Waiting for MacGyver
We’re looking for the MacGyvers of education, which is exactly how I describe the type of individuals I’m looking for as we begin recruiting for Venture Academy’s founding team. If you’re unfamiliar with the character MacGyver, take a look here.
Roger von Oech, who has spent his professional life focusing on the study of creativity, once said that “It’s easy to come up with new ideas; the hard part is letting go of what worked for you two years ago, but will soon be out of date.” Our current model of education is out of date and no longer aligned to the economy our students will soon face. Let’s look at the tech industry as an example. It thrives financially by feeding the hunger of its consumers for smarter, faster, and more efficient tools. The 21st century demands young people not just with highly specialized technical skills, but also with the creative minds to imagine possibilities that don’t even yet exist, and the resourcefulness to make them happen. Enter MacGyver. MacGyver is mission-driven, he can think on his feet, he has no aversion to ambiguity, he solves complex problems in resourceful and creative ways, and as a scientist he also has in-depth content knowledge. Those are the educators I’m looking for.
The reality is that some skills are easier to coach than others, and adults who can demonstrate the above MacGyver-esque qualities are much better equipped to model and transfer them to the kids they teach in an authentic way. What we want to know is can you coach someone to be more MacGyver-like? The landscape of education is changing rapidly; we need educators that can change with it or risk missing out on ways to propel every student to meet their maximum potential.
I had the great privilege to spend the better part of this past week with the other Next Generation Learning Challenge Wave IIIa grant recipients, engaging in thoughtful conversations with some of the most innovative minds in education. Everyone expressed concern about finding the right “teachers” for each model. Historically education has focused on content expertise, success as demonstrated by high-stakes testing, or how well one can manage a classroom. These arenas are critical, but they are no longer enough. As we start the hunt for Venture’s “dream-team” I’m concerned about even the best educators making the shift to a new learning environment.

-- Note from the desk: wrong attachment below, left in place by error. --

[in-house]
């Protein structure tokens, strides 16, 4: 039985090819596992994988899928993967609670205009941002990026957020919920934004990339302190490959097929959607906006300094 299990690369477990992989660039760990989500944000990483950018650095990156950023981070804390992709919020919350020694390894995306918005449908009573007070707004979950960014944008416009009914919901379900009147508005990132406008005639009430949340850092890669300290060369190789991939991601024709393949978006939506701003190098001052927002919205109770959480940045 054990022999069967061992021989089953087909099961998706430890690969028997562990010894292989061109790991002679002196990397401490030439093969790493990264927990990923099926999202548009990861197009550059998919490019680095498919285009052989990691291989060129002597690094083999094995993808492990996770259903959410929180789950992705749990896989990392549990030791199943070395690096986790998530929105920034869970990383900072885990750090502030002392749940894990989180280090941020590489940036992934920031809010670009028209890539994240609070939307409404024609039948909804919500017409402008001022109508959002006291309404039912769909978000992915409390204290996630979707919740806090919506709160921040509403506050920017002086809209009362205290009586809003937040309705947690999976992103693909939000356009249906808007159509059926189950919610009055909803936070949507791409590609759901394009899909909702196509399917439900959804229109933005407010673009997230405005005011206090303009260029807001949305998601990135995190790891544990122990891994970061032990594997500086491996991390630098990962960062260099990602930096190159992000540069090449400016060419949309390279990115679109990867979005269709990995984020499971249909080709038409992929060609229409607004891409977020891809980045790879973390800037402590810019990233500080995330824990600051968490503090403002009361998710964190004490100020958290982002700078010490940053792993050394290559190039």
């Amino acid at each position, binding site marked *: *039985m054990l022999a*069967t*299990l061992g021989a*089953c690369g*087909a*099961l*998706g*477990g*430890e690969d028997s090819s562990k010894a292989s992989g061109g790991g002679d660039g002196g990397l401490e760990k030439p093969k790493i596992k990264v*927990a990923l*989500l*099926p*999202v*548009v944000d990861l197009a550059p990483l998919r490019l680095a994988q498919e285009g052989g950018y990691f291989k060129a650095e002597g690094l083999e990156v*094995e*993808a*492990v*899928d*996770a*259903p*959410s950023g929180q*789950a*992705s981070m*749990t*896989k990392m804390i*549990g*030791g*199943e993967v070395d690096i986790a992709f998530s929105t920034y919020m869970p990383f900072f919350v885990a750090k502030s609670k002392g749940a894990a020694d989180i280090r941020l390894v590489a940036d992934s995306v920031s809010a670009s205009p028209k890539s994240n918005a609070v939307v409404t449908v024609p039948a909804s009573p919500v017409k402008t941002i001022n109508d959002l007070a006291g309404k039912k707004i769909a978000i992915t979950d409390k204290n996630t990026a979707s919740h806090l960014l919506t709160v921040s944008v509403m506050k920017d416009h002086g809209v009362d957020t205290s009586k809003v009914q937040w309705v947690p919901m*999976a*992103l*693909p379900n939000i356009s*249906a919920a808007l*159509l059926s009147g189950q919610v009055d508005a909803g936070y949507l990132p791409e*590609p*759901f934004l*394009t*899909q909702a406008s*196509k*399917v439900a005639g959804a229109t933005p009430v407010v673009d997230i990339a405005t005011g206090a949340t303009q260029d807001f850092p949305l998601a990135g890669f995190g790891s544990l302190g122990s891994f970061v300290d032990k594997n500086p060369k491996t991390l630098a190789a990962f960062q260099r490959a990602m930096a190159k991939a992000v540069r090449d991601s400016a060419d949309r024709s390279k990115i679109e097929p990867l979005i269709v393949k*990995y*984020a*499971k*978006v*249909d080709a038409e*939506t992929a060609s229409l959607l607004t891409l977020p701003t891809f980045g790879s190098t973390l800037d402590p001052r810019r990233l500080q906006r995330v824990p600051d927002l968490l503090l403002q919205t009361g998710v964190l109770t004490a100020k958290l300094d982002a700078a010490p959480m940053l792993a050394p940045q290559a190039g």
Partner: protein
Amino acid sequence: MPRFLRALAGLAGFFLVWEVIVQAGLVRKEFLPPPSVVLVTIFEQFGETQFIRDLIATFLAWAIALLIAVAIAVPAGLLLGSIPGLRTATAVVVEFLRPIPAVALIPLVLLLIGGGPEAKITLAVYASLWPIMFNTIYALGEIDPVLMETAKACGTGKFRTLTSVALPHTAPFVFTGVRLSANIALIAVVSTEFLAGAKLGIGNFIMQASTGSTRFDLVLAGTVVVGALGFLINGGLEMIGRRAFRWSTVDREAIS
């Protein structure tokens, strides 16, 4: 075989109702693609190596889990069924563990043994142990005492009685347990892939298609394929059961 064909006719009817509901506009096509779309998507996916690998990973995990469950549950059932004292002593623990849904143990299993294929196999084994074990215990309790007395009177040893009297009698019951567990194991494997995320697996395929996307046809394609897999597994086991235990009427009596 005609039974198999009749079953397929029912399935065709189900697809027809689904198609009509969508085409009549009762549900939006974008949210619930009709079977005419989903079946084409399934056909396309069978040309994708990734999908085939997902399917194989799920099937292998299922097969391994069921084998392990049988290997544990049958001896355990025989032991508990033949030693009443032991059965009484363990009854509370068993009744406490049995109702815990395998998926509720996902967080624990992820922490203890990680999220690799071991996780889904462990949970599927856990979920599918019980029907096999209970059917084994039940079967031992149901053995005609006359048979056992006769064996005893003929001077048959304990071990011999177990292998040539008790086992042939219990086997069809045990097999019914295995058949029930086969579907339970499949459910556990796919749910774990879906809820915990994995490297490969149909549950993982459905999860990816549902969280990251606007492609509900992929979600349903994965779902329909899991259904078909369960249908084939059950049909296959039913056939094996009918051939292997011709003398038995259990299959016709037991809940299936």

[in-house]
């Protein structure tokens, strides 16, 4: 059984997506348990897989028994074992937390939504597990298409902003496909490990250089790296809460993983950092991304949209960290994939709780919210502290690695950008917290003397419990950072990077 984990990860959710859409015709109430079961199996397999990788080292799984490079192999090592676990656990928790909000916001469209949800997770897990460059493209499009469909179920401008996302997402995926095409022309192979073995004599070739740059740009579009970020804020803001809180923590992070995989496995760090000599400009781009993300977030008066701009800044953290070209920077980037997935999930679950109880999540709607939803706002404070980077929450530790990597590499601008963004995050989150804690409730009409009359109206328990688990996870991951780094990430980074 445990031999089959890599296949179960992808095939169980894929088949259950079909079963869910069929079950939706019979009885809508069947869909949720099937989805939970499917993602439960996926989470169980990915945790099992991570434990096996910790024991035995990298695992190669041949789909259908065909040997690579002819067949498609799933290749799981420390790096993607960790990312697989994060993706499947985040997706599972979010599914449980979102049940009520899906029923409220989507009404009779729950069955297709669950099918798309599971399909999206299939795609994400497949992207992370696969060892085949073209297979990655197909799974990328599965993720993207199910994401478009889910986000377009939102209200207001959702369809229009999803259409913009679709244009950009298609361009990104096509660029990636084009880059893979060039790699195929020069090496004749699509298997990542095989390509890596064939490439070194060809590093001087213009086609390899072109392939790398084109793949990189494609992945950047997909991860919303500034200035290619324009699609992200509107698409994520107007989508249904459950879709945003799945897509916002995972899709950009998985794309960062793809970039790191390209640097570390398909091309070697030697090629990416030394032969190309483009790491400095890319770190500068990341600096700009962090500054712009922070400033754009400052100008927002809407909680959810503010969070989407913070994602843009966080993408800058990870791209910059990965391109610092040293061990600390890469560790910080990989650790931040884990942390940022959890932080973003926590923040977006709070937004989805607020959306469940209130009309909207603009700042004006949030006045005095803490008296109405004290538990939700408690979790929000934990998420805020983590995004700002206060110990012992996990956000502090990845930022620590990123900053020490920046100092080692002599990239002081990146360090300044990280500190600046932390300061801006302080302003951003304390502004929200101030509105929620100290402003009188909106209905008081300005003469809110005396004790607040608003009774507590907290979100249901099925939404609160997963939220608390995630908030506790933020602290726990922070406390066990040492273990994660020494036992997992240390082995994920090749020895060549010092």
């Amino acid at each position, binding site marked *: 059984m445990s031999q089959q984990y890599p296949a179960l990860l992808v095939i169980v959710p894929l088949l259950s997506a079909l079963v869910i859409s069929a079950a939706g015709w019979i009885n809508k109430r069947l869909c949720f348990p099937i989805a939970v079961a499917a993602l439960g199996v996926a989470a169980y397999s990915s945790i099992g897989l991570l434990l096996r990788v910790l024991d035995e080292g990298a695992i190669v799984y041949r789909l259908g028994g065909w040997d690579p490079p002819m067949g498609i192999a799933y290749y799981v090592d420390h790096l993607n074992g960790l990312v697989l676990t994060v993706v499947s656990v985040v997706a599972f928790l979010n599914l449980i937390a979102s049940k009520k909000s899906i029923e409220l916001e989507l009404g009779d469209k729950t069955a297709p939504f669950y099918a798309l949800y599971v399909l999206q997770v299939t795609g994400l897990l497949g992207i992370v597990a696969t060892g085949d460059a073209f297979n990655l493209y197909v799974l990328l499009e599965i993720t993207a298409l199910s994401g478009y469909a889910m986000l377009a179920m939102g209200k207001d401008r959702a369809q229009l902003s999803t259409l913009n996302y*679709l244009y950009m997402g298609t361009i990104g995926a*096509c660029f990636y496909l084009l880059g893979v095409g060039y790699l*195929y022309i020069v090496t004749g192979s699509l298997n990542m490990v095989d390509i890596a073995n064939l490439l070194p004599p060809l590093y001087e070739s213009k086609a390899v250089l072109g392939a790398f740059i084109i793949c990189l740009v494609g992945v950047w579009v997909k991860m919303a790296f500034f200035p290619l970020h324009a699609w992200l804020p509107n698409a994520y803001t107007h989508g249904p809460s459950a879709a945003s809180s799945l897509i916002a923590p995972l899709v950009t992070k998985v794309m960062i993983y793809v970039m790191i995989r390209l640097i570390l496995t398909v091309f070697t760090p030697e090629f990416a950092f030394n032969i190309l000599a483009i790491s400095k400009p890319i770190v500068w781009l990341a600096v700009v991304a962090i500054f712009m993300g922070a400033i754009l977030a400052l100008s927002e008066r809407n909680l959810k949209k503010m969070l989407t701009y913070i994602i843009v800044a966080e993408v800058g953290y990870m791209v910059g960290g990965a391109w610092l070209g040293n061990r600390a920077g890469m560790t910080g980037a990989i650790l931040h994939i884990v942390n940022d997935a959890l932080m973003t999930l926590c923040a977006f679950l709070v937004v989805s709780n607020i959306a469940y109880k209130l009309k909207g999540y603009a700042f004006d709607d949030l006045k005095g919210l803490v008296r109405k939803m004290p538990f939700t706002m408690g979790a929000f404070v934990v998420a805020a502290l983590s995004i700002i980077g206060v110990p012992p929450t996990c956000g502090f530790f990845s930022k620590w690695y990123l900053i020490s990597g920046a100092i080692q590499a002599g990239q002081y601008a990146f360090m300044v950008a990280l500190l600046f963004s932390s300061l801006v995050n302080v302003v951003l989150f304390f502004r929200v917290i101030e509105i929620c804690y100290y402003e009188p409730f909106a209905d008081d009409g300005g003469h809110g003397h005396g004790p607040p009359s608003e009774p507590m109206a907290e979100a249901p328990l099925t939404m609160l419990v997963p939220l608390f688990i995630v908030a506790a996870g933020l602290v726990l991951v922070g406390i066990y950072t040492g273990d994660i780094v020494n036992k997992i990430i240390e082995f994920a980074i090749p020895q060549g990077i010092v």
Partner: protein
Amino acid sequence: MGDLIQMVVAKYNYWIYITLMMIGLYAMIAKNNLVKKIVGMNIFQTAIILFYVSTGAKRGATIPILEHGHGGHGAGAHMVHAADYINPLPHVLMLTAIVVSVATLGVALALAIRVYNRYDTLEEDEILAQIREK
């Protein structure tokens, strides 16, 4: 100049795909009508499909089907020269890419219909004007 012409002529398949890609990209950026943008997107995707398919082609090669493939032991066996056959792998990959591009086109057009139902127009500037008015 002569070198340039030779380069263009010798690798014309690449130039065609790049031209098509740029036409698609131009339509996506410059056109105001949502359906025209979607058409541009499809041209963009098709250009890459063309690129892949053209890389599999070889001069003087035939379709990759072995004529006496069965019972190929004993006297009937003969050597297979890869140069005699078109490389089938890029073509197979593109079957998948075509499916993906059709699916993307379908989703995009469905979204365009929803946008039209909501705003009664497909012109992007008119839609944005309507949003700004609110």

Starting a blended learning program is messy, period. We don’t have all the answers and every time we find one, it seems another question pops up. What we do know is that we are in uncharted territory without a map, and no matter how shiny the new technology is, or how quickly it generates data, it’s ultimately the people who create the culture to make it work. This requires a new breed of educator. After deliberating over a laundry list of “non-negotiables” for potential recruits, below are my suggestions on what to look for when vetting educators, or edupreneurs, for your blended program:
Depth of content is important, so is balance. Look for individuals who have demonstrated success in multiple arenas, perhaps even outside of the education bubble. While it might be great to have a high performing content teacher, experience in fields outside of education helps them to contextualize it for students. Think a math teacher who has been a software engineer who also performs in a band on weekends.
Teaching in a blended model is a little more like coaching. Teachers need to feel comfortable letting go of control and empowering students with their data and goals to take charge of their own learning. For some this will be a radical shift from the traditional, teach-to-the-middle, “factory model” school. Students will *gasp* talk to each other in class, often teaching each other, and perhaps even the teacher.
Ultimately blended learning isn’t about the technology, but rather how it’s implemented. This means getting creative about how to actually “blend” edtech into your program, rather than just overlaying it into something that already exists. This means finding educators excited by the use of classroom technology and not burdened by it. Basically if you feel like you need to sell the technology, it’s not worth the sale.
In this brave new world of blending learning, where you might have to rig your broadband with chewing gum and paper clips, it might be smart to have more than a few MacGyvers on your team. After all, the goal should be to cultivate a student body full of them.